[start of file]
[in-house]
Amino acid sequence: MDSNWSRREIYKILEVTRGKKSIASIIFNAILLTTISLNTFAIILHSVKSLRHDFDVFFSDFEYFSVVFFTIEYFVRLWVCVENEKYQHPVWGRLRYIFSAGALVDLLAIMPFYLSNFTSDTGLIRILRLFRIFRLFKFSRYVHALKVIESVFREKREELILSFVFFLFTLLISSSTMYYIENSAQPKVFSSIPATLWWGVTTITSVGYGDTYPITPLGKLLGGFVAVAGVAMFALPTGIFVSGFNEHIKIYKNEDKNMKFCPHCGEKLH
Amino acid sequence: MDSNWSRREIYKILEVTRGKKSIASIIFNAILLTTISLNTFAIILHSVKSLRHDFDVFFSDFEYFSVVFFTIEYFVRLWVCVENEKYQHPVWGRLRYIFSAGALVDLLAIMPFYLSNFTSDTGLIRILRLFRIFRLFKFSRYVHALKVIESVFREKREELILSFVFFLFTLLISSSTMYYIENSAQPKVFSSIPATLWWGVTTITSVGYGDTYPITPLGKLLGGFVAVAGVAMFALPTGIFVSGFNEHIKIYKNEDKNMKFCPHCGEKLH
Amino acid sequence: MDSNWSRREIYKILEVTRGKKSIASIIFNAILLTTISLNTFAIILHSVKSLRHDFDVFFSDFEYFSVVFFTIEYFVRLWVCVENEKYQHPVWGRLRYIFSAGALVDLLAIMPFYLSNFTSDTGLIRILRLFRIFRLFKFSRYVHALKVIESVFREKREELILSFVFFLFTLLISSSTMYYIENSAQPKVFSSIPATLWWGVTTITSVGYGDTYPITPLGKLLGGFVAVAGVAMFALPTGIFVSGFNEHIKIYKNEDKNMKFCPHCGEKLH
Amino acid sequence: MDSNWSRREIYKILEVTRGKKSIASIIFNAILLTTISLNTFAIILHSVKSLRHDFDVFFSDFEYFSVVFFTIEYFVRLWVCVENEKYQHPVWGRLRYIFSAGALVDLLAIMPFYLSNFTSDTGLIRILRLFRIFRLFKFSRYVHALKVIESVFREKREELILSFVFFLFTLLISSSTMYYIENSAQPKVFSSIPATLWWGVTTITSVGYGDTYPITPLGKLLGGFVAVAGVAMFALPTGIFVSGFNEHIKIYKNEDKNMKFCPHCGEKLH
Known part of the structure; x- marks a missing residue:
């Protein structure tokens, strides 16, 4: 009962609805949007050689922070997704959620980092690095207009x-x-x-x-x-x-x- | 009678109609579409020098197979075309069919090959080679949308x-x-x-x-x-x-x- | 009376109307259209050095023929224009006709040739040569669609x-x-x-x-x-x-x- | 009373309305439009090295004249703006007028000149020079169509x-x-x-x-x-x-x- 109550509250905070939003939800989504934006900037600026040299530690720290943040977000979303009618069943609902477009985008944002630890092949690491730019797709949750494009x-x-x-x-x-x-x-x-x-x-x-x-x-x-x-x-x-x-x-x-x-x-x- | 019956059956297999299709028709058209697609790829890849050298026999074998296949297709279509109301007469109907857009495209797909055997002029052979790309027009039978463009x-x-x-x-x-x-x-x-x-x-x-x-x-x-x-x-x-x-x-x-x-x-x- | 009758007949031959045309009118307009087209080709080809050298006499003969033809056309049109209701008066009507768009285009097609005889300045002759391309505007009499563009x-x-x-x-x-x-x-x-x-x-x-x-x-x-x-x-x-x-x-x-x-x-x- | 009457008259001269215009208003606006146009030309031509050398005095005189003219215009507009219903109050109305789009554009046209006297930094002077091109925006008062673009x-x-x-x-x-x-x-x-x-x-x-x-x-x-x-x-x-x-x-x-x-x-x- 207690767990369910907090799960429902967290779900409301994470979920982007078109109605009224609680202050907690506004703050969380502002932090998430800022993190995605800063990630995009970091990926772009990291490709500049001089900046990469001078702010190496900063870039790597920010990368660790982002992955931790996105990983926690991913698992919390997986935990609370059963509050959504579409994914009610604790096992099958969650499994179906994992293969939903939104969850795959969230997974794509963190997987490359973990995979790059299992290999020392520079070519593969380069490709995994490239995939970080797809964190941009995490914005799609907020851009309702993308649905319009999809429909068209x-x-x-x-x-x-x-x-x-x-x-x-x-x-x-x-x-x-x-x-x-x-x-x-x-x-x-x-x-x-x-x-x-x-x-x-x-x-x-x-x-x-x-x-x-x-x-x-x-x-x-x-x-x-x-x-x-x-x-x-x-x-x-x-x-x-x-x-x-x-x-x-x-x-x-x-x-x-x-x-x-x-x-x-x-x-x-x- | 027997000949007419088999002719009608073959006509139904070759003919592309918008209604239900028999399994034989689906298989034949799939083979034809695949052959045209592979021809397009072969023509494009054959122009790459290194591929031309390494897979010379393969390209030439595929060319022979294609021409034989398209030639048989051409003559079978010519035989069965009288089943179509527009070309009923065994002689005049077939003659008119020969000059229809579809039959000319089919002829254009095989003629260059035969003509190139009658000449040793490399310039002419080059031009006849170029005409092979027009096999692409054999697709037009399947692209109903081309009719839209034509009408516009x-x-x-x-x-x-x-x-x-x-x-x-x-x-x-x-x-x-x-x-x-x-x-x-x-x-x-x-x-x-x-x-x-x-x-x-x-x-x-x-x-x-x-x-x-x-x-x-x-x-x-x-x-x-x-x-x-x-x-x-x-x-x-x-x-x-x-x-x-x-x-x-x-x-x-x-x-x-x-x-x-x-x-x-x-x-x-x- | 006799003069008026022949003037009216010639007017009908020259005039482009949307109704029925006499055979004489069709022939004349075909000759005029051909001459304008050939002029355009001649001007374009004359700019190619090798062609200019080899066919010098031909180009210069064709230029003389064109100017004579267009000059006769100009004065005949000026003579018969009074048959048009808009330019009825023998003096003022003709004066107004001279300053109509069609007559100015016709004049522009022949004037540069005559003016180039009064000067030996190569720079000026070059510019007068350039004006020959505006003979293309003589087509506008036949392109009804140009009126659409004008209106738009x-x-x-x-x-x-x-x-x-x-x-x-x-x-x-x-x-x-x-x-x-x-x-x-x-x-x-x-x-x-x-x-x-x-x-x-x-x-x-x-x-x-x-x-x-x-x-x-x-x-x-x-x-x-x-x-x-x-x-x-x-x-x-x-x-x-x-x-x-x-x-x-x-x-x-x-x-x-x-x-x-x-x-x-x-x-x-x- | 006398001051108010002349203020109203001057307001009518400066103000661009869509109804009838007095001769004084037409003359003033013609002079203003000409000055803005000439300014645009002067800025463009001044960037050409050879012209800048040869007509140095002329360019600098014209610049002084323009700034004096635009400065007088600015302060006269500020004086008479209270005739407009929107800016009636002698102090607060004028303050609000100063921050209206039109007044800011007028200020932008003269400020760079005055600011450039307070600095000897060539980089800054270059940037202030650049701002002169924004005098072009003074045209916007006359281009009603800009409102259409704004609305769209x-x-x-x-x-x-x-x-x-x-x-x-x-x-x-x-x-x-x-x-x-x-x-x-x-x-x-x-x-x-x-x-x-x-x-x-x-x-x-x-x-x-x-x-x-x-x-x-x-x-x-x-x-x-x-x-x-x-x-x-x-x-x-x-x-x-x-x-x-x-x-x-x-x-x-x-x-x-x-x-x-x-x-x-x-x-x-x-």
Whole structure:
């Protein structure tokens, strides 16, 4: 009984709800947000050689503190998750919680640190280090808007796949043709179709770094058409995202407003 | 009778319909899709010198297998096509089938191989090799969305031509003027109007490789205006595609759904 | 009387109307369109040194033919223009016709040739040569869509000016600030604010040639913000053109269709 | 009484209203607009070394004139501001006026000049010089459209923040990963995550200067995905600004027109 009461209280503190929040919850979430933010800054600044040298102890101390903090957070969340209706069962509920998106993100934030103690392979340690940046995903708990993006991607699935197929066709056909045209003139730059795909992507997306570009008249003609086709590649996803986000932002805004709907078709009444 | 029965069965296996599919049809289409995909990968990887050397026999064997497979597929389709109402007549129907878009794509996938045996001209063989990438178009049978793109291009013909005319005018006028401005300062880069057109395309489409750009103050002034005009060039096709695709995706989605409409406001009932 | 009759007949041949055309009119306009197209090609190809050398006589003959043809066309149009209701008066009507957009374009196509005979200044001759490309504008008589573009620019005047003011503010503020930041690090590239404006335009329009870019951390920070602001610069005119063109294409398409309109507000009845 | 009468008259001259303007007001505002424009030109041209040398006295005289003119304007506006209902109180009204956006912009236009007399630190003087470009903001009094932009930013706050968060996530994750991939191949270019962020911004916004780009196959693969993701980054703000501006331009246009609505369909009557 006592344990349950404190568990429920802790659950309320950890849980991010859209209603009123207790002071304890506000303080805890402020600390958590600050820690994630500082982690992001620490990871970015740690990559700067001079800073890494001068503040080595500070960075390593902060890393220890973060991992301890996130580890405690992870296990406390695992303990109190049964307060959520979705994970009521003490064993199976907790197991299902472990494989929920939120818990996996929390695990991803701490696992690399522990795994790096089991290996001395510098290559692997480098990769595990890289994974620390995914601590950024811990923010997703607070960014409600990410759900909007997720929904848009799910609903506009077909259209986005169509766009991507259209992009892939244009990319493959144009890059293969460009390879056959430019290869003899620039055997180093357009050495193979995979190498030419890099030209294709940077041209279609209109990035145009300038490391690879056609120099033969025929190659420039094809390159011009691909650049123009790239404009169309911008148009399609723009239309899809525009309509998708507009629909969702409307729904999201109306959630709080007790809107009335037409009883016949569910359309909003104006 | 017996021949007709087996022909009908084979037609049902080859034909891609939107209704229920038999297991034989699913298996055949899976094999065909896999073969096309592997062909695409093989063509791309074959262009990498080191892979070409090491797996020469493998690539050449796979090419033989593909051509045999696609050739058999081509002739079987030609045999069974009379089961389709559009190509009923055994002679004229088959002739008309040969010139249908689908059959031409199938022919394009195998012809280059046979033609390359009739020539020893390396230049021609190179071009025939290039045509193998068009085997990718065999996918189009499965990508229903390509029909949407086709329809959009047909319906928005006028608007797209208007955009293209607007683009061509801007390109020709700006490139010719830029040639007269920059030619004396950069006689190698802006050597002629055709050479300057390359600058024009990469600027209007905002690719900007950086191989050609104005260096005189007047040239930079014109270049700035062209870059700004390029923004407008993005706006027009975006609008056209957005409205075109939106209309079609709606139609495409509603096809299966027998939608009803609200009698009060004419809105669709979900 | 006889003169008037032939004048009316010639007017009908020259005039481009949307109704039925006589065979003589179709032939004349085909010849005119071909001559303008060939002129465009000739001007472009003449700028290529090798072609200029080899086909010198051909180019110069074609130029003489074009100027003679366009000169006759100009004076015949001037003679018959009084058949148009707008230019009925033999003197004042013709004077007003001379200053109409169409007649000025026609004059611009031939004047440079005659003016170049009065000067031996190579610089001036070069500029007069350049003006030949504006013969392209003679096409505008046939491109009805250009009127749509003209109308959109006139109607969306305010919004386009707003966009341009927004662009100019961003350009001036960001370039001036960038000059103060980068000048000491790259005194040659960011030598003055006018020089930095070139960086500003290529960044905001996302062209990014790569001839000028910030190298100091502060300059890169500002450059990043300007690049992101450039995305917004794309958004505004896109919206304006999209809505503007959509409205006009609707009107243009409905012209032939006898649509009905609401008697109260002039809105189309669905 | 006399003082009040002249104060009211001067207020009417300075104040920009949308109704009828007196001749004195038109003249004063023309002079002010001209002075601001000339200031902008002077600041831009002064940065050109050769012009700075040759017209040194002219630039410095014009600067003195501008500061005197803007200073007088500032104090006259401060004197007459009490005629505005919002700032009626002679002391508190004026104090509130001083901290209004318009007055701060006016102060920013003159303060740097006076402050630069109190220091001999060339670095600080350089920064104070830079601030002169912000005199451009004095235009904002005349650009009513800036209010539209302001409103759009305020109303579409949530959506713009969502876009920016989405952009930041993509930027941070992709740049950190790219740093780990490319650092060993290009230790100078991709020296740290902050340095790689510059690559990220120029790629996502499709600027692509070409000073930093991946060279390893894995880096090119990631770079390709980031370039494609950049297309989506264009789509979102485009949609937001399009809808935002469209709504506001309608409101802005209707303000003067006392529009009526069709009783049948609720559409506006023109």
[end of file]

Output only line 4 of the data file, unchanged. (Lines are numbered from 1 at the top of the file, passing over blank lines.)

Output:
Amino acid sequence: MDSNWSRREIYKILEVTRGKKSIASIIFNAILLTTISLNTFAIILHSVKSLRHDFDVFFSDFEYFSVVFFTIEYFVRLWVCVENEKYQHPVWGRLRYIFSAGALVDLLAIMPFYLSNFTSDTGLIRILRLFRIFRLFKFSRYVHALKVIESVFREKREELILSFVFFLFTLLISSSTMYYIENSAQPKVFSSIPATLWWGVTTITSVGYGDTYPITPLGKLLGGFVAVAGVAMFALPTGIFVSGFNEHIKIYKNEDKNMKFCPHCGEKLH